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Not all liquor stores were created equal

Source: Roy Morgan Single Source (Australia), October 2005 – September 2015 (n=91,329). Base: Australians 18+ who purchased alcohol in the last 4 weeks

In discouraging news for alcohol retailers trying to distinguish themselves in a competitive market, almost 50% of Australian adults who buy alcohol in an average four weeks believe that ‘all liquor stores are about the same’. However, an increasing proportion of alcohol-buyers believe that two or three liquor stores stand out from the pack, while an emerging minority think one store in particular is the bee’s knees, according to the latest findings from Roy Morgan Research.

In the 12 months to September 2006, 56% of Australians 18+ who purchased alcohol in an average four-week period believed that ‘All liquor stores are about the same’. By September 2015, this figure had fallen to 47%. Meanwhile, the proportion who agreed that ‘no single liquor store is best, but two or three are better than others’ rose from 35% to 42% over the same time period; and those who felt that ‘one liquor store is the VERY best’ crept up from 6% to 9%.

In other words, just over half of all Australian alcohol buyers believe that some liquor retailers are better than others, a figure that looks set to continue rising as the proportion of ambivalent shoppers declines.

Are all bottle shops the same, are some better than others, or is one the best of the lot?


Source: Roy Morgan Single Source (Australia), October 2005 – September 2015 (n=91,329). Base: Australians 18+ who purchased alcohol in the last 4 weeks.

Among alcohol-buyers who feel that ‘two or three stores are better than others’, 78% nominated Dan Murphy’s, ahead of BWS (38%), Liquorland (28%) and 1st Choice (23%). It is worth noting that this order mirrors that of Australia’s top liquor retailers in terms of market share, which we reported on recently.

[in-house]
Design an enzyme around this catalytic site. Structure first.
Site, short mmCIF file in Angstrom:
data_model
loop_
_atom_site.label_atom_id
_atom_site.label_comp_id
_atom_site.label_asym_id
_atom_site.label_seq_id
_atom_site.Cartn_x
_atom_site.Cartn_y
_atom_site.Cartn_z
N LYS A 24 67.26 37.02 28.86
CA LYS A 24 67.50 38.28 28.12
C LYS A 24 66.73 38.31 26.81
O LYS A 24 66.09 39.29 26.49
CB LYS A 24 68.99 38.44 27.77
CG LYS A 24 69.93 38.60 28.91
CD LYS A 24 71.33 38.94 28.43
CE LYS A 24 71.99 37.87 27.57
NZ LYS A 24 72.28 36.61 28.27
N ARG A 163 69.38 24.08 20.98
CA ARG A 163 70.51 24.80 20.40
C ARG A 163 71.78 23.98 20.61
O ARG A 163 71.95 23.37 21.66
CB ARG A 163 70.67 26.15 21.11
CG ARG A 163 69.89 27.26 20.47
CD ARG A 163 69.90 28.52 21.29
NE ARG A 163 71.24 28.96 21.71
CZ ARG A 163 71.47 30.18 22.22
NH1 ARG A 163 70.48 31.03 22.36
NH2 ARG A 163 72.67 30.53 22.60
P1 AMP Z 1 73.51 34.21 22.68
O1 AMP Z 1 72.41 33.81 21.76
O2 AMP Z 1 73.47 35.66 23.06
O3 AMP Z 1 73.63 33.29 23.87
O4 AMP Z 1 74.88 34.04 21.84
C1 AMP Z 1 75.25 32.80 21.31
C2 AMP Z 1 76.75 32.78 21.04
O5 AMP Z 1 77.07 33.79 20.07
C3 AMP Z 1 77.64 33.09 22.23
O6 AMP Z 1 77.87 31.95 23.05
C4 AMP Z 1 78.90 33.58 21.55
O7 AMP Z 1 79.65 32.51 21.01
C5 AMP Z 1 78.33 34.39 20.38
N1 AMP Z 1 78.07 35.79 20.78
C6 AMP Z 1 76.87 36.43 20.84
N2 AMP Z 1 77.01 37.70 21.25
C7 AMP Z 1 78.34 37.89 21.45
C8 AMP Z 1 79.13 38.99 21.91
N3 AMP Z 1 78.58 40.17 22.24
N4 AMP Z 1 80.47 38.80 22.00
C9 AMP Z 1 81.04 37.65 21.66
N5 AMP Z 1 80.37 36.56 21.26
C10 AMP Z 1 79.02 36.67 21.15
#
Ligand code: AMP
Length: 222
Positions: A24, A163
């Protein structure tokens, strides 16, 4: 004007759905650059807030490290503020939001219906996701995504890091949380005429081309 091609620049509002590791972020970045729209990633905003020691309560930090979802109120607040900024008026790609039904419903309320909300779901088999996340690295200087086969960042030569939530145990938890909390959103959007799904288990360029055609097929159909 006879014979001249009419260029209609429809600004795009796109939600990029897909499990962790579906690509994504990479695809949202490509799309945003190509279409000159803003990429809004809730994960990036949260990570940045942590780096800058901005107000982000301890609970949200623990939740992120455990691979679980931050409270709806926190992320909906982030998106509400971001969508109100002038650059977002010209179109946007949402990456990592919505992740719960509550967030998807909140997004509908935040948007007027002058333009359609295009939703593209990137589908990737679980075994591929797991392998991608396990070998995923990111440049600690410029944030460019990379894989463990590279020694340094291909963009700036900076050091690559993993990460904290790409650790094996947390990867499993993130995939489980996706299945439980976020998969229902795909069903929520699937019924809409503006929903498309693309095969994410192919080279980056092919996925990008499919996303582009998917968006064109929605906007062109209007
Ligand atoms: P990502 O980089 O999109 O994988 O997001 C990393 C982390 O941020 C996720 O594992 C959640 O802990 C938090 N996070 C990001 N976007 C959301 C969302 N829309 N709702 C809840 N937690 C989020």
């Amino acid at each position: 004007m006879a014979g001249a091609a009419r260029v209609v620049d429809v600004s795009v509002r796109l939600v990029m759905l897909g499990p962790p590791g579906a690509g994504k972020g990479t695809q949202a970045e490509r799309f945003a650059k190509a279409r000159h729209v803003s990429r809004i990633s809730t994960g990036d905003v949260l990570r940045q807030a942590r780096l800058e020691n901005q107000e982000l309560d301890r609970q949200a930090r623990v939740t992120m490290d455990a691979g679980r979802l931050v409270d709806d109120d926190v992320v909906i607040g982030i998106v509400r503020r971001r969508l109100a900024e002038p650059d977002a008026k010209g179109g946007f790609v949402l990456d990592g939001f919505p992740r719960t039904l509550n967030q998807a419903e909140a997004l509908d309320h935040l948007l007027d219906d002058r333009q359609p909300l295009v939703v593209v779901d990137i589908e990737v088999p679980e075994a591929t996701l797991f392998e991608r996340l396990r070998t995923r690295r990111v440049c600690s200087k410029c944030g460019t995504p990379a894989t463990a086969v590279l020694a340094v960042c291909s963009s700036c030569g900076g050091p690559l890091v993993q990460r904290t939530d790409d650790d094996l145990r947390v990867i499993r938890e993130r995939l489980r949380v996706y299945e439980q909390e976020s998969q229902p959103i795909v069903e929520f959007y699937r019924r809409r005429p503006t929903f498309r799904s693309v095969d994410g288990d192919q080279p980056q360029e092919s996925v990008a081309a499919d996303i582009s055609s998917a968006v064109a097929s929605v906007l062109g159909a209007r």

Dan Murphy’s is also highly rated among alcohol-buyers who believe that ‘one store is the VERY best’, 72% of whom nominate the Woolworth’s-owned chain as the store they think is the ‘VERY best’ of Australia’s liquor stores, with 1st Choice (5%) an extremely distant second. 

Andrew Price, General Manager – Consumer Products, Roy Morgan Research, says:

These latest findings confirm what our recent report on the Australian liquor retail market suggested: that Dan Murphy’s dominates the market to such an extent that it can be considered a category killer.

“Not only does Dan Murphy’s lead the field in terms of total dollars spent on alcohol in an average seven days, and in terms of customer satisfaction (winning the Roy Morgan Liquor Store of the Year award for 2015), it is also front and centre of consumers’ consciousness, being the retailer most likely to be nominated by Australian alcohol-buyers who believe that two or three liquor stores are better than others, or that one store is the best of the lot.

“So where does this leave other liquor retailers? Between Dan Murphy’s overwhelming prevalence, and the large sector of the alcohol-buying public who think all liquor stores are the same, other retailers seeking a higher profile and/or better public image have their work cut out for them. That’s not to say the challenge is insurmountable, but without a detailed understanding of their target consumers – spanning everything from demographics, attitudes, motivations and media consumption habits –and a communications strategy tailored accordingly, it will certainly be an uphill battle.... “

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About Roy Morgan

Roy Morgan is the largest independent Australian research company, with offices throughout Australia, as well as in Indonesia, the United States and the United Kingdom. A full service research organisation specialising in omnibus and syndicated data, Roy Morgan has over 70 years’ experience in collecting objective, independent information on consumers.

Margin of Error

The margin of error to be allowed for in any estimate depends mainly on the number of interviews on which it is based. Margin of error gives indications of the likely range within which estimates would be 95% likely to fall, expressed as the number of percentage points above or below the actual estimate. Allowance for design effects (such as stratification and weighting) should be made as appropriate.

Sample Size

Percentage Estimate


25% or 75%

10% or 90%

5% or 95%